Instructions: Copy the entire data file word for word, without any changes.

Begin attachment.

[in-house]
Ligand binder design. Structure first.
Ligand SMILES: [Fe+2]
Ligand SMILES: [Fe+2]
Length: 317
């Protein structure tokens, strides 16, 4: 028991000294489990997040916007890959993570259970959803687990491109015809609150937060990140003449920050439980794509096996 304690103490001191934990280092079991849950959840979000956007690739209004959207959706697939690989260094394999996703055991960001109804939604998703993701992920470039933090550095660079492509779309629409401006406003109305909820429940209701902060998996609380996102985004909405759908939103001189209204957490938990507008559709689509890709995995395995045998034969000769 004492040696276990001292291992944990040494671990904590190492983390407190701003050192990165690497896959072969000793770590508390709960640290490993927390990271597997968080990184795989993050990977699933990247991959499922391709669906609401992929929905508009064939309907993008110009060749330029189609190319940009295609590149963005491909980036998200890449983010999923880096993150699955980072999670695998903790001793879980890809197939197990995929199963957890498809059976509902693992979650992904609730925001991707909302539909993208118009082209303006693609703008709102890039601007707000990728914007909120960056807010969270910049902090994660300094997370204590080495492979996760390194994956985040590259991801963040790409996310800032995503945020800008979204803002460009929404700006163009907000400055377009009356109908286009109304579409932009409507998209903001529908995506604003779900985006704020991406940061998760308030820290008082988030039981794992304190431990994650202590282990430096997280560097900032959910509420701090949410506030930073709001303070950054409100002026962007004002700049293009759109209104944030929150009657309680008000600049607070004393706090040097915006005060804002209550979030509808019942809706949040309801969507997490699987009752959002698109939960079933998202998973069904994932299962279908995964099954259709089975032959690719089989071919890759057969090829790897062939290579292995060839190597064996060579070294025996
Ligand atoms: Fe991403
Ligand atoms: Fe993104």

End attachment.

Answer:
[in-house]
Ligand binder design. Structure first.
Ligand SMILES: [Fe+2]
Ligand SMILES: [Fe+2]
Length: 317
């Protein structure tokens, strides 16, 4: 028991000294489990997040916007890959993570259970959803687990491109015809609150937060990140003449920050439980794509096996 304690103490001191934990280092079991849950959840979000956007690739209004959207959706697939690989260094394999996703055991960001109804939604998703993701992920470039933090550095660079492509779309629409401006406003109305909820429940209701902060998996609380996102985004909405759908939103001189209204957490938990507008559709689509890709995995395995045998034969000769 004492040696276990001292291992944990040494671990904590190492983390407190701003050192990165690497896959072969000793770590508390709960640290490993927390990271597997968080990184795989993050990977699933990247991959499922391709669906609401992929929905508009064939309907993008110009060749330029189609190319940009295609590149963005491909980036998200890449983010999923880096993150699955980072999670695998903790001793879980890809197939197990995929199963957890498809059976509902693992979650992904609730925001991707909302539909993208118009082209303006693609703008709102890039601007707000990728914007909120960056807010969270910049902090994660300094997370204590080495492979996760390194994956985040590259991801963040790409996310800032995503945020800008979204803002460009929404700006163009907000400055377009009356109908286009109304579409932009409507998209903001529908995506604003779900985006704020991406940061998760308030820290008082988030039981794992304190431990994650202590282990430096997280560097900032959910509420701090949410506030930073709001303070950054409100002026962007004002700049293009759109209104944030929150009657309680008000600049607070004393706090040097915006005060804002209550979030509808019942809706949040309801969507997490699987009752959002698109939960079933998202998973069904994932299962279908995964099954259709089975032959690719089989071919890759057969090829790897062939290579292995060839190597064996060579070294025996
Ligand atoms: Fe991403
Ligand atoms: Fe993104």